In contrast to the Metroland style roads constructed when the tube came to Barnet, on top of the hill is a cluster of Victorian streets with a different story to tell.
Over the centuries the local economy of Chipping Barnet has waxed and waned. Much of the town’s history has been defined by its strategic location on the Great North Road and importance as a staging post. Hence the renown of the market and fair and the string of taverns along the High Street – many of which are still trading today – and breweries to supply them with ale (such as the Hadley Brewery). The High Street served this busy market town will all the necessary trades and commerce.
With the advent of the railways in the 19th century fewer people travelled by horse and carriage, and by the 20th century motor transport became increasingly widespread. During this time other industries were attracted to the area and workers needed accommodation.
Photographic printing works were significant employers in the town such as Swain’s in Bath Place (now Brake Shear House set for redevelopment), Elliott and Son’s in Park Road and the Northern Photographic Works in Nesbitts Alley (set up by Birt Acres, previously general manager at Elliott’s). Nurseries also played a key role locally.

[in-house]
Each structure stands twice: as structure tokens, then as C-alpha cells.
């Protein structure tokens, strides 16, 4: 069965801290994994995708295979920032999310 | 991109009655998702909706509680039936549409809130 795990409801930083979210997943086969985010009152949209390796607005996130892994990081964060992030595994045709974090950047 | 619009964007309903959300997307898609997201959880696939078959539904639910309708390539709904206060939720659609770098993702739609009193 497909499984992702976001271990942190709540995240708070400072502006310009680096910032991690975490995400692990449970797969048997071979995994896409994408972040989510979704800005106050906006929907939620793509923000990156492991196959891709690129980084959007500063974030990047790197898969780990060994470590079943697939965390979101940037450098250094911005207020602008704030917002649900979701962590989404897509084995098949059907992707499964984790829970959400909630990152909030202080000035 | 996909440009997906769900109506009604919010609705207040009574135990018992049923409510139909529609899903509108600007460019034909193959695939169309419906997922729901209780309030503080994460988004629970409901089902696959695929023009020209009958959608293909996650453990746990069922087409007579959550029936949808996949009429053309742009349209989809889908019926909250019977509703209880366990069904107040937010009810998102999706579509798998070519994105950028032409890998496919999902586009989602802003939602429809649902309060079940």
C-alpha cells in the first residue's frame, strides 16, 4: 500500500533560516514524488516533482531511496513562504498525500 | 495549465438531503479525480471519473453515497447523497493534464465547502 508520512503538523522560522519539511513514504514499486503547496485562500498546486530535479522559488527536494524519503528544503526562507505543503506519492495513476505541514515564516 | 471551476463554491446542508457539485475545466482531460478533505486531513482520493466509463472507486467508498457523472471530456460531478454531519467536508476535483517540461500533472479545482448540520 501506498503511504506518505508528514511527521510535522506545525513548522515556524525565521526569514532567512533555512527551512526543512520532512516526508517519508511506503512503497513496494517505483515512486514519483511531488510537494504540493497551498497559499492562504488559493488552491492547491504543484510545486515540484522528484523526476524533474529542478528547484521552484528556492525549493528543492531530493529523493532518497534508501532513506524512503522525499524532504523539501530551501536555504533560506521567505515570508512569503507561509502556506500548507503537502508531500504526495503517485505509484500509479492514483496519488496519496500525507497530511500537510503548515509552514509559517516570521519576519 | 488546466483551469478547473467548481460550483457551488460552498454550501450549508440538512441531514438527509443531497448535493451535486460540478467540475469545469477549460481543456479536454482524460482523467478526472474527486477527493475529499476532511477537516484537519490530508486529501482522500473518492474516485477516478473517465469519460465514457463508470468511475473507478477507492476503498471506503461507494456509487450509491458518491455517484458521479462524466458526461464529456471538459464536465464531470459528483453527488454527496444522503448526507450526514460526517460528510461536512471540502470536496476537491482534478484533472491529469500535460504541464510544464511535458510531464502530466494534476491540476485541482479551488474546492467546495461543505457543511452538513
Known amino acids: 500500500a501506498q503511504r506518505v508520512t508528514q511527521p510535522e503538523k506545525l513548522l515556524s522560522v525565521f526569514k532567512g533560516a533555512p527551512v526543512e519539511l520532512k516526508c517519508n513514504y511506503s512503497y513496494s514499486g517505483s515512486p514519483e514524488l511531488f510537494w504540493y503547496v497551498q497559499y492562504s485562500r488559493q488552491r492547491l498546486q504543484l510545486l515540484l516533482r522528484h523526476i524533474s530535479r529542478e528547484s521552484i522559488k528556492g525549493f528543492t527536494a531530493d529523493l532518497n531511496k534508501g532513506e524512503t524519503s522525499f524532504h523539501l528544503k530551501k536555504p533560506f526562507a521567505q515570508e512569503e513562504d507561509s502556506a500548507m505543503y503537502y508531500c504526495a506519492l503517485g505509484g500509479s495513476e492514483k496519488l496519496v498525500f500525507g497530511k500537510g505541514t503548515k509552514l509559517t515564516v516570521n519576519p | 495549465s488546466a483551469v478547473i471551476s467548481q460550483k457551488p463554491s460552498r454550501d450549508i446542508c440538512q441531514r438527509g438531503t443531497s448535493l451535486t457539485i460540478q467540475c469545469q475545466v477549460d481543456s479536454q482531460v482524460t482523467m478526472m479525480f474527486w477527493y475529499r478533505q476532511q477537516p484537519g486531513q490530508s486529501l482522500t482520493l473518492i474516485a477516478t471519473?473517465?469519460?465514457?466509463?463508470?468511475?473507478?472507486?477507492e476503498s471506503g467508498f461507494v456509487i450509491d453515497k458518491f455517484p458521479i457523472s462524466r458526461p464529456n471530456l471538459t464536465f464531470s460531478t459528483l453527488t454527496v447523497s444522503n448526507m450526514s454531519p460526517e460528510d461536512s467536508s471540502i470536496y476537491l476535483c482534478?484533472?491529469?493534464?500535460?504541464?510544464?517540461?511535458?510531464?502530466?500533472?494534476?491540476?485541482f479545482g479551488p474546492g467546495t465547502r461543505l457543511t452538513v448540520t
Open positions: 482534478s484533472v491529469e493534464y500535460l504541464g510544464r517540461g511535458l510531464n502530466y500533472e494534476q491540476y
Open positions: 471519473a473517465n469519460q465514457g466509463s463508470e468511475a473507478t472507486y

However, the Dental Manufacturing Company Ltd in Alston Road was the town’s most important employer. This was once the biggest of its kind in Europe and grew out a co-operative of Manchester-based dentists formed in 1875. Collectively they produced dental equipment and went on to open a large factory in Barnet in 1891. By 1900 the company was exporting around the world and known for its high quality products which included wooden cabinets (some apparently still in use) and the first pump chair made in the UK, the triple cylinder Twentieth Century Chair.
Between 1880 and 1910 many roads to the northwest of the High Street were constructed behind what’s now The Spires. Carnarvon, Strafford, Falkland, Puller, Sebright, Calvert, Salisbury and Wrotham Roads and Lucan Row were built during this period (see Ordnance Survey map below from 1896). According to the Barnet Residents Association this neighbourhood deserves being classed as a conservation area as the overall character and so many distinctive original features have been retained.
The factory building has also survived and now houses a mixture of artists’ studios, offices, recording studios and photographers, now known as the Alston Works. It’s still an impressive site and looks as though a part of Camden or Shoreditch has been relocated alongside the Green Belt.
The Dental Manufacturing Company even had its own football team, Barnet Alston, one of several local teams that merged to form Barnet Football Club. They were known as “The Dentals” and their amber and black strip went on to be adopted by Barnet FC.